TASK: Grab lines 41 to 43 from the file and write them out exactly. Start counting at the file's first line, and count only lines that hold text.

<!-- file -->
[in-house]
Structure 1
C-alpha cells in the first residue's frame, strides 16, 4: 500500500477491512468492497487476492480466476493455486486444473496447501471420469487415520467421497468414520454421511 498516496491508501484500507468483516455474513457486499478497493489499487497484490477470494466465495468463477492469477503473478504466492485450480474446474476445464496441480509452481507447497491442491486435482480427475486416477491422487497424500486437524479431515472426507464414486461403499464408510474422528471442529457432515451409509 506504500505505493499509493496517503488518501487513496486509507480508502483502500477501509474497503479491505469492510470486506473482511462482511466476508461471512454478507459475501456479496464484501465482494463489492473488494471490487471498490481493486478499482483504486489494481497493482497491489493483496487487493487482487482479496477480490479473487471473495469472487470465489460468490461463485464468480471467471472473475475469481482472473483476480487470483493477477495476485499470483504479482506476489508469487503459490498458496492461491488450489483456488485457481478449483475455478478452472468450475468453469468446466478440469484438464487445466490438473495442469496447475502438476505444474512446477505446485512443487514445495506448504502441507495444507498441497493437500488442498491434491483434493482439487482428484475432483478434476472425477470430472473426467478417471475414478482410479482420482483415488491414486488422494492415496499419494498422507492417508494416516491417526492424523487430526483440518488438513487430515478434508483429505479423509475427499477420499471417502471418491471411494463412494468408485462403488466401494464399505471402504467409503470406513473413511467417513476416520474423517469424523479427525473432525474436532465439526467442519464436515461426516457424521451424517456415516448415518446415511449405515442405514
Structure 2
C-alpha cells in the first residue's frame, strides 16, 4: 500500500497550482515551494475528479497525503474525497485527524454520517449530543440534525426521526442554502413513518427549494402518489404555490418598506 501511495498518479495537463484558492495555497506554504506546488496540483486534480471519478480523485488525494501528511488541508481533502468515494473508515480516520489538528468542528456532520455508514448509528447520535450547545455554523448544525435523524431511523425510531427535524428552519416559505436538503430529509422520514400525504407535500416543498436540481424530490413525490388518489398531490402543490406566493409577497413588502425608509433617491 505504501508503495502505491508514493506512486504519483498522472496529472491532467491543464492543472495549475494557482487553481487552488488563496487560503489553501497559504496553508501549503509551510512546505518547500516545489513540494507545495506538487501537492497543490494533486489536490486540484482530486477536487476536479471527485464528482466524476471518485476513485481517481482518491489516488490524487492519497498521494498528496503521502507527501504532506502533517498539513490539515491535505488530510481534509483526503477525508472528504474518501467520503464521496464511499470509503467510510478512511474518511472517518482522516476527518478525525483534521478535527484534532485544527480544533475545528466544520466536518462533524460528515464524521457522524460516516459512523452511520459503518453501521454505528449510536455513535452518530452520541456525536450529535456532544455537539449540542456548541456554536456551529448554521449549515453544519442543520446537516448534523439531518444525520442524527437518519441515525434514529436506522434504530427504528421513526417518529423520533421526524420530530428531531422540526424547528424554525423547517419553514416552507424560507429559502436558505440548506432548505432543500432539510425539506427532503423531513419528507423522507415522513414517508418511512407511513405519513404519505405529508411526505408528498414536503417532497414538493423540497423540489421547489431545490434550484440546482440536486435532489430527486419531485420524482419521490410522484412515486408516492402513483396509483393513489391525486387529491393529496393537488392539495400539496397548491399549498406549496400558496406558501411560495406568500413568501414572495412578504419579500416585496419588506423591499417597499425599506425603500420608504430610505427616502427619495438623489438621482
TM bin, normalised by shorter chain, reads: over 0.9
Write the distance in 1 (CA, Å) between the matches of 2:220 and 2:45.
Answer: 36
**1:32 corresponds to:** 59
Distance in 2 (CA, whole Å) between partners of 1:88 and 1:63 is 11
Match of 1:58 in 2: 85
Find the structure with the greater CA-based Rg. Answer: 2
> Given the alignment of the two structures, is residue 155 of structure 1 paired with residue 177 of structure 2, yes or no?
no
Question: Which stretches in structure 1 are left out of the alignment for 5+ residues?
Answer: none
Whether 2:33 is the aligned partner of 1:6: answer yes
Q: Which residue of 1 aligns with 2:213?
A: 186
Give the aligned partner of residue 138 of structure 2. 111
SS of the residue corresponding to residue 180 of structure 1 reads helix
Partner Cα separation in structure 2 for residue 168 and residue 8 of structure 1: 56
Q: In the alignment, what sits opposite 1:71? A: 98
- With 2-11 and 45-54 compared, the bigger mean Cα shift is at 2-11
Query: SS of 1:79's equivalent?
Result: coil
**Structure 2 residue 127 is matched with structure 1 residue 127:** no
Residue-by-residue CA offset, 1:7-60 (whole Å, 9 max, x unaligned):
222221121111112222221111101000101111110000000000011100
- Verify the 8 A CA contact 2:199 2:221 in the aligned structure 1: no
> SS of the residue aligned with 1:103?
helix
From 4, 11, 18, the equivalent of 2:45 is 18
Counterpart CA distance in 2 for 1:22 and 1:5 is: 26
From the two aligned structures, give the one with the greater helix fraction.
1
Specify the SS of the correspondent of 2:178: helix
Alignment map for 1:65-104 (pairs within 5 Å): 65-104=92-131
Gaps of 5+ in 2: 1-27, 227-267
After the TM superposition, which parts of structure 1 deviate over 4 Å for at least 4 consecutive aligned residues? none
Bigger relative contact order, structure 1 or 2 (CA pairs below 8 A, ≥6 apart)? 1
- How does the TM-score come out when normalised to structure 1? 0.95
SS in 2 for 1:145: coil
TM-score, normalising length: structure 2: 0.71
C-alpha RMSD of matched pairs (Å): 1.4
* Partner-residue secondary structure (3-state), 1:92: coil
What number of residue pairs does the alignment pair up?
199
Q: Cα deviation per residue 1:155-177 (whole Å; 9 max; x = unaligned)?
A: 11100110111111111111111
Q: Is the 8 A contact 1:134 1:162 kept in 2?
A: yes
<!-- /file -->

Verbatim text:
Bigger relative contact order, structure 1 or 2 (CA pairs below 8 A, ≥6 apart)? 1
- How does the TM-score come out when normalised to structure 1? 0.95
SS in 2 for 1:145: coil